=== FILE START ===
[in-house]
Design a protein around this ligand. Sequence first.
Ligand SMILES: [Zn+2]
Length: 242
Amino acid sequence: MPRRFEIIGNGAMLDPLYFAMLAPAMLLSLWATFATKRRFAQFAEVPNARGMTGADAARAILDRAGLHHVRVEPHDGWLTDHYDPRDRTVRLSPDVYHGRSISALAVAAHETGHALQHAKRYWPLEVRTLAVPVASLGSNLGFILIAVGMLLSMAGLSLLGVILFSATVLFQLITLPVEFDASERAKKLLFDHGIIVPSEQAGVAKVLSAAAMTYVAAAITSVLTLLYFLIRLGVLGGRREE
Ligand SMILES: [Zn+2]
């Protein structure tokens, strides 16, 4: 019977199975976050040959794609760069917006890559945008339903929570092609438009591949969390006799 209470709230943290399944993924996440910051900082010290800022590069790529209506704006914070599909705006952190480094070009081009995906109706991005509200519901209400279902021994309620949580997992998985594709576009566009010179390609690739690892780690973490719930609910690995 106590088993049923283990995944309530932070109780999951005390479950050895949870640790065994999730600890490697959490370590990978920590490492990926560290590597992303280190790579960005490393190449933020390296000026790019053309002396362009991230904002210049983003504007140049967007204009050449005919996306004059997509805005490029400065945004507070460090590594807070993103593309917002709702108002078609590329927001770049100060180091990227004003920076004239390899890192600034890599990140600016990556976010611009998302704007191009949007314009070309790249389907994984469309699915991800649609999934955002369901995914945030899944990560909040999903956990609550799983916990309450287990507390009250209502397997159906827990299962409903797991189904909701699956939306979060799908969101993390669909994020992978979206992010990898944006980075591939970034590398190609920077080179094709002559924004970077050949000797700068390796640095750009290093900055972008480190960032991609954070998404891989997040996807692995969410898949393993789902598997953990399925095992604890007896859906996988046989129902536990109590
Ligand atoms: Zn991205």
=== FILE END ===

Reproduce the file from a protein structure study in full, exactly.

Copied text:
[in-house]
Design a protein around this ligand. Sequence first.
Ligand SMILES: [Zn+2]
Length: 242
Amino acid sequence: MPRRFEIIGNGAMLDPLYFAMLAPAMLLSLWATFATKRRFAQFAEVPNARGMTGADAARAILDRAGLHHVRVEPHDGWLTDHYDPRDRTVRLSPDVYHGRSISALAVAAHETGHALQHAKRYWPLEVRTLAVPVASLGSNLGFILIAVGMLLSMAGLSLLGVILFSATVLFQLITLPVEFDASERAKKLLFDHGIIVPSEQAGVAKVLSAAAMTYVAAAITSVLTLLYFLIRLGVLGGRREE
Ligand SMILES: [Zn+2]
């Protein structure tokens, strides 16, 4: 019977199975976050040959794609760069917006890559945008339903929570092609438009591949969390006799 209470709230943290399944993924996440910051900082010290800022590069790529209506704006914070599909705006952190480094070009081009995906109706991005509200519901209400279902021994309620949580997992998985594709576009566009010179390609690739690892780690973490719930609910690995 106590088993049923283990995944309530932070109780999951005390479950050895949870640790065994999730600890490697959490370590990978920590490492990926560290590597992303280190790579960005490393190449933020390296000026790019053309002396362009991230904002210049983003504007140049967007204009050449005919996306004059997509805005490029400065945004507070460090590594807070993103593309917002709702108002078609590329927001770049100060180091990227004003920076004239390899890192600034890599990140600016990556976010611009998302704007191009949007314009070309790249389907994984469309699915991800649609999934955002369901995914945030899944990560909040999903956990609550799983916990309450287990507390009250209502397997159906827990299962409903797991189904909701699956939306979060799908969101993390669909994020992978979206992010990898944006980075591939970034590398190609920077080179094709002559924004970077050949000797700068390796640095750009290093900055972008480190960032991609954070998404891989997040996807692995969410898949393993789902598997953990399925095992604890007896859906996988046989129902536990109590
Ligand atoms: Zn991205």